Hohmann, Walter (1880–1945)

Walter Hohmann

Walter Hohmann was a German rocket engineer who was a prominent member of the Verein für Raumschiffahrt (German Rocket Society) in the late 1920s but broke off contact with it when it was taken over by the military. His book Die Erreichbarkeit der Himmelskörper (The Attainability of Celestial Bodies), published in 1925, was so technically advanced that it was consulted decades later by NASA when planning its first interplanetary probes. In it, he describes his "power tower" spacecraft, a huge cone-shaped rocket with an egg-shaped manned capsule at the top, and, more importantly, the interplanetary transfer orbits that have been named after him (see Hohmann orbit). He also wrote popular works in the field of rocketry, as did his contemporaries Willy Ley and Max Valier.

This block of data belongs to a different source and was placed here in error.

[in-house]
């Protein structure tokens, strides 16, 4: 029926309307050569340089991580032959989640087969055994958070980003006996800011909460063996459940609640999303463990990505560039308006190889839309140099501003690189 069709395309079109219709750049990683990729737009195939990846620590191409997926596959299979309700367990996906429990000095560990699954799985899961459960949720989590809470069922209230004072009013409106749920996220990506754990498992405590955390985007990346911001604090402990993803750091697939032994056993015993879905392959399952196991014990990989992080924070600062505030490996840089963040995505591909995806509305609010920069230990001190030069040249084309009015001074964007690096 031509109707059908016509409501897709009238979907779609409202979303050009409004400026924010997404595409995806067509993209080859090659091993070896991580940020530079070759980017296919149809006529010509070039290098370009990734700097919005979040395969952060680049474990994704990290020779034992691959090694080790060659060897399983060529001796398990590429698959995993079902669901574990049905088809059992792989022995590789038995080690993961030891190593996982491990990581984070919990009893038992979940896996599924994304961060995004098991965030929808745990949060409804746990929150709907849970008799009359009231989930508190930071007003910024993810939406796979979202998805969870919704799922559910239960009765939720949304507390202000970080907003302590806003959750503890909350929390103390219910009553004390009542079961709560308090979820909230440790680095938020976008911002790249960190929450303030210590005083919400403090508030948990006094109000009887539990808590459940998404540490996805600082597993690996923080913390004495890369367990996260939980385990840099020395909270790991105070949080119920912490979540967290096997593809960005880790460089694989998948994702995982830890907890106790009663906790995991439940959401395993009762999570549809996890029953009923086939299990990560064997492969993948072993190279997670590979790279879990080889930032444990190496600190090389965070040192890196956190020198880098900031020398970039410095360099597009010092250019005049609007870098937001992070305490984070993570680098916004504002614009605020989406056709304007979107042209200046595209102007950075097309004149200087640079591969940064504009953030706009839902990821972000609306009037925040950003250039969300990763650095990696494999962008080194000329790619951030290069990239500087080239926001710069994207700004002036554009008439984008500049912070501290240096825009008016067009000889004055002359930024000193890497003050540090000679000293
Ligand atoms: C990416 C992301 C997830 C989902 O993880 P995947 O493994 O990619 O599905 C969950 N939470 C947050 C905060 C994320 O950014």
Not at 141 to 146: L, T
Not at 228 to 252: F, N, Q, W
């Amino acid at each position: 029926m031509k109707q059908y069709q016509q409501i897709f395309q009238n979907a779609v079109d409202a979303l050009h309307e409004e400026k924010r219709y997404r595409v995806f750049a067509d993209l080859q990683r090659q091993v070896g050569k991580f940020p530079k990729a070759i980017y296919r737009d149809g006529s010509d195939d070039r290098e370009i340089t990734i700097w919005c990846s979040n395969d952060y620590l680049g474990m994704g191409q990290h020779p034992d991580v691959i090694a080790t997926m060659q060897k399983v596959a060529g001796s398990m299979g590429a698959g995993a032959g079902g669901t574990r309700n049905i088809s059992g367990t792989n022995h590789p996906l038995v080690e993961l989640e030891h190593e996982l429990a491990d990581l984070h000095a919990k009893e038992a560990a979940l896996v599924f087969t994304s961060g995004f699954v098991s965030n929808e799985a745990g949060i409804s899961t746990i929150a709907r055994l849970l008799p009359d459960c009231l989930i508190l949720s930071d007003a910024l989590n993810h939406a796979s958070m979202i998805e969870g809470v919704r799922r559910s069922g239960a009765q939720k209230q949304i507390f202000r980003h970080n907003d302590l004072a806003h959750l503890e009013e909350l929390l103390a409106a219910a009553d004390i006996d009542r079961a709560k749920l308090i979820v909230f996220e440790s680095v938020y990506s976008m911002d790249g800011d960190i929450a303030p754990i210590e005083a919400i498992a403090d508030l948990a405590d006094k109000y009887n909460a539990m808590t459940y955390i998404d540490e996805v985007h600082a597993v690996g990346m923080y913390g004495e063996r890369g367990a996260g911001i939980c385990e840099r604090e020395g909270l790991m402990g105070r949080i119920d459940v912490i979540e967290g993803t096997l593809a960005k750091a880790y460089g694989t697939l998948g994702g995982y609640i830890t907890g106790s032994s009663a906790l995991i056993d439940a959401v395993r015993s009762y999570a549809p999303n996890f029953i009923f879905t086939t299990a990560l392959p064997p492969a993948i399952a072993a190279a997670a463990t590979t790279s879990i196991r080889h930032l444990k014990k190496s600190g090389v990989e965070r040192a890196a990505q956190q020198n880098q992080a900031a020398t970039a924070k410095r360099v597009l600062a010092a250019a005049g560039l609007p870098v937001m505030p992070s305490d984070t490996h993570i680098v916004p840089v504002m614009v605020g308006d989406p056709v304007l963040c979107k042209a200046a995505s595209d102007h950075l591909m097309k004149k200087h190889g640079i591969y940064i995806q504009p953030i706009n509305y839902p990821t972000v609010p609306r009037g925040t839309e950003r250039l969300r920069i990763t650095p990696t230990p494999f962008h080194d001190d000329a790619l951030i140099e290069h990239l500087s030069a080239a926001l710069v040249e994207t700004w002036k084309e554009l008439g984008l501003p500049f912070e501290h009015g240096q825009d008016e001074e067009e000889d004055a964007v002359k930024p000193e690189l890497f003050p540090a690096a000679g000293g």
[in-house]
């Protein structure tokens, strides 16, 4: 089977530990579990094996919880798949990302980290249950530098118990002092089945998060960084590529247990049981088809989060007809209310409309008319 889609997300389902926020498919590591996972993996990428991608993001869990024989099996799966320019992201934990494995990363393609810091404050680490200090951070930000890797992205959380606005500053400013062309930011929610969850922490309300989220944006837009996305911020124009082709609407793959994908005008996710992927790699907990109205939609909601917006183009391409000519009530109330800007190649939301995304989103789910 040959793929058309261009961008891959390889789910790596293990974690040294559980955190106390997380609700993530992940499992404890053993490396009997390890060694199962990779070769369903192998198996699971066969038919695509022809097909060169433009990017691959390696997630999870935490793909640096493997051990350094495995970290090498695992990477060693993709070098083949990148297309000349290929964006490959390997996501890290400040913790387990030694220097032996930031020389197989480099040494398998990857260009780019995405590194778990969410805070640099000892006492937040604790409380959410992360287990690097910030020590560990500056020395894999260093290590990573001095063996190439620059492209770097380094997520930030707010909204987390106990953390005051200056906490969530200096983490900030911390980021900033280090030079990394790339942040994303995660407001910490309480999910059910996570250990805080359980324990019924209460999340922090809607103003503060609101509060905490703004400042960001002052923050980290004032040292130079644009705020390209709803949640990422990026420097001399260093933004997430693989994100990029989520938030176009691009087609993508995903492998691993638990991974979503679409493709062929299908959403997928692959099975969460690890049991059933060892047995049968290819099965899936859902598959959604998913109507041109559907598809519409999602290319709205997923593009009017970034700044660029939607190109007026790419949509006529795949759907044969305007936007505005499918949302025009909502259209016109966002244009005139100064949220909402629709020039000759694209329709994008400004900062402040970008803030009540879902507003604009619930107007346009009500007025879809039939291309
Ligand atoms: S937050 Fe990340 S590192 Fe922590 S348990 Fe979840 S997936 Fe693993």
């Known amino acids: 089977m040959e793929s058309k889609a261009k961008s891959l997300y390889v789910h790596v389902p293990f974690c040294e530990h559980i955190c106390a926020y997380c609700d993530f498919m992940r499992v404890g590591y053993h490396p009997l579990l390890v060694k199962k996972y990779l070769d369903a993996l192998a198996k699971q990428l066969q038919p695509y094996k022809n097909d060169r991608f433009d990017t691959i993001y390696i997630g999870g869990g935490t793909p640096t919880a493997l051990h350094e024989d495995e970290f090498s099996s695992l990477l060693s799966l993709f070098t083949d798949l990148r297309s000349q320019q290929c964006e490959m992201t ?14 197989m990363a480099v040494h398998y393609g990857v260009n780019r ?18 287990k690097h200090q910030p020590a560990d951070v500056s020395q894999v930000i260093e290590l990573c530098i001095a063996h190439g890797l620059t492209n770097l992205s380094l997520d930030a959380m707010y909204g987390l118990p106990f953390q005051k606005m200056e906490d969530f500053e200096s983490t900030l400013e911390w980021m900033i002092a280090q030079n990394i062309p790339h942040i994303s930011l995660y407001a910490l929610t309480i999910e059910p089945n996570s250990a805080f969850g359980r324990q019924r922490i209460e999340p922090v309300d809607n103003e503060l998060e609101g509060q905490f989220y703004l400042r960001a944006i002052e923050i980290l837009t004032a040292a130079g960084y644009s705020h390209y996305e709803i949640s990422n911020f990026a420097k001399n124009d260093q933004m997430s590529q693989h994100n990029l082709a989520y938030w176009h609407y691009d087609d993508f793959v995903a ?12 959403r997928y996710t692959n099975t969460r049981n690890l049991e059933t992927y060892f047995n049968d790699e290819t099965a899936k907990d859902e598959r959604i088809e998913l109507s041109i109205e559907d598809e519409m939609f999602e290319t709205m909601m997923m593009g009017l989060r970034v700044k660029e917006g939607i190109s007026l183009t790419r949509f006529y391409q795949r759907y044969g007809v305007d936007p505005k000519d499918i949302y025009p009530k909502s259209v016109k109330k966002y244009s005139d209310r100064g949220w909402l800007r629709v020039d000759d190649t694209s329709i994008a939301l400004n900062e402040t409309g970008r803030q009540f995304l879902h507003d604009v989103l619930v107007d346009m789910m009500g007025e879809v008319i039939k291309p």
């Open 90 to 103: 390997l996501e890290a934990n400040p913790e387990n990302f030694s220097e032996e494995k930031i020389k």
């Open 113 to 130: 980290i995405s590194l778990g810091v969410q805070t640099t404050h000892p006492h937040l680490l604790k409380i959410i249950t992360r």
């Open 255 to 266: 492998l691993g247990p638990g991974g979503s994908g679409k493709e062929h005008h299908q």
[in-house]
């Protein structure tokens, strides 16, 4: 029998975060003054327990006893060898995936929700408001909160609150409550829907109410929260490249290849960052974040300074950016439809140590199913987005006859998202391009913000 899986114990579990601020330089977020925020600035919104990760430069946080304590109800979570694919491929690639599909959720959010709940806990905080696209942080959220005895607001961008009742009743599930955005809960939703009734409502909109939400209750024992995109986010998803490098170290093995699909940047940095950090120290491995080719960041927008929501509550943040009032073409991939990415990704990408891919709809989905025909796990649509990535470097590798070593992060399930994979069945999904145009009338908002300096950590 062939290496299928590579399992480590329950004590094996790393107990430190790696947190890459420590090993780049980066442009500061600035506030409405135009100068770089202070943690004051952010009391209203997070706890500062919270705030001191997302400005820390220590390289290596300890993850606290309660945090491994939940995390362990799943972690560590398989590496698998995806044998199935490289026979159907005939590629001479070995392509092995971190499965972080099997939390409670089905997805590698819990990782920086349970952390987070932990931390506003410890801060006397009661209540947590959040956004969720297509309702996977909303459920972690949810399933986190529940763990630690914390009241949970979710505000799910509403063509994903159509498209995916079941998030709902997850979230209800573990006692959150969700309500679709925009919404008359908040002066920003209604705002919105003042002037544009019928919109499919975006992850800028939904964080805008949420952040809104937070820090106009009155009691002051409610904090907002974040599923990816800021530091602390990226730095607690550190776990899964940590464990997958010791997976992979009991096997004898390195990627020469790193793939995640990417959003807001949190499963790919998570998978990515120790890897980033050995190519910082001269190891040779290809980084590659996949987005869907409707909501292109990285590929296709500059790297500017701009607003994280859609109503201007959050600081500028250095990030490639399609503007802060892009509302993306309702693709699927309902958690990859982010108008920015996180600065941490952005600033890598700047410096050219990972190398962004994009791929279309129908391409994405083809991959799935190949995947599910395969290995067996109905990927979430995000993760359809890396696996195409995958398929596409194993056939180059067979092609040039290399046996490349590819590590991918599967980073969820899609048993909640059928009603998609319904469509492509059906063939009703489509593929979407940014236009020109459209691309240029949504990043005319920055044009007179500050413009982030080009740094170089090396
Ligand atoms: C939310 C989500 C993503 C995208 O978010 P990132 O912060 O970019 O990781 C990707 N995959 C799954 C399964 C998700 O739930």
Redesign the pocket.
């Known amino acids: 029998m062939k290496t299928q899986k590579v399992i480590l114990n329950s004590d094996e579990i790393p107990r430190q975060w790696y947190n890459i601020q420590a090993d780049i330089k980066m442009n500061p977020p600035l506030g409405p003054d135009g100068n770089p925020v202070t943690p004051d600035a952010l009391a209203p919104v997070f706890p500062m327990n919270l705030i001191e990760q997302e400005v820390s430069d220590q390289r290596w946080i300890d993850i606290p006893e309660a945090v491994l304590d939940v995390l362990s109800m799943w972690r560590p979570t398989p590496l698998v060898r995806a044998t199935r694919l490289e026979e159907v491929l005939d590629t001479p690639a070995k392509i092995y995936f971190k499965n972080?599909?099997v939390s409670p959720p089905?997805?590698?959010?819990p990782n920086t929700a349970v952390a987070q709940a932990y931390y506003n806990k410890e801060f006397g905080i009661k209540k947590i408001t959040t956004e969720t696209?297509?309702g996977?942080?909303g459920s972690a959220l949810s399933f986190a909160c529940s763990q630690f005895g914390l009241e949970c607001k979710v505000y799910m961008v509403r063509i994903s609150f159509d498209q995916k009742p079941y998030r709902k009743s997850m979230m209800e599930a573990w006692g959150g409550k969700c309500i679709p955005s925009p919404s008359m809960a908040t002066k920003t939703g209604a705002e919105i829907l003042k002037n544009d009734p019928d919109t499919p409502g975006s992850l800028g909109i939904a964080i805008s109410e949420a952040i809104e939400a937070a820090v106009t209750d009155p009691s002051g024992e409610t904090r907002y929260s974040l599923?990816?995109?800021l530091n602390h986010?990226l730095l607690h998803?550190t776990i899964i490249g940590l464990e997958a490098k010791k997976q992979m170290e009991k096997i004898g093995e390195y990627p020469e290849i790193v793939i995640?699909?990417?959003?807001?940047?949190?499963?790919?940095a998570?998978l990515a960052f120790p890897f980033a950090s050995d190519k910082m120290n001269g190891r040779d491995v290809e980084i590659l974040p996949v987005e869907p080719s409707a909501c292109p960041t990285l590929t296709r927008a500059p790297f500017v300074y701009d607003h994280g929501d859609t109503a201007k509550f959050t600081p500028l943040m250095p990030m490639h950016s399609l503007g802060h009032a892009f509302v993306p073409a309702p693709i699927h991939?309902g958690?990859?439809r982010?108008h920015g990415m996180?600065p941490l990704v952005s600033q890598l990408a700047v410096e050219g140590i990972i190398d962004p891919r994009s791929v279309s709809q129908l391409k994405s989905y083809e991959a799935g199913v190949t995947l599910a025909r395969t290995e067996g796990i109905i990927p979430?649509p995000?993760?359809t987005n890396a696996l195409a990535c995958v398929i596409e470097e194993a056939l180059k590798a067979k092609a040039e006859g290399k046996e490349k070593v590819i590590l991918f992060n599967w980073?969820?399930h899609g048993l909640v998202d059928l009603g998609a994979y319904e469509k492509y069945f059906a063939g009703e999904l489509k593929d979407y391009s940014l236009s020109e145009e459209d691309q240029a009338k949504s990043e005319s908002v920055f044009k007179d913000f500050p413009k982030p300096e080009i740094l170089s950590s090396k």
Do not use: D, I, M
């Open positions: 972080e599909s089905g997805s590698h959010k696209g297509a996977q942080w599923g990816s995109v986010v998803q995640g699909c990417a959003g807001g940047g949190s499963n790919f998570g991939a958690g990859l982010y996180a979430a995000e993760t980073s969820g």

Hohmann died in a hospital in Essen shortly before the end of World War II as a result of stress experienced during the intense Allied bombing of the city.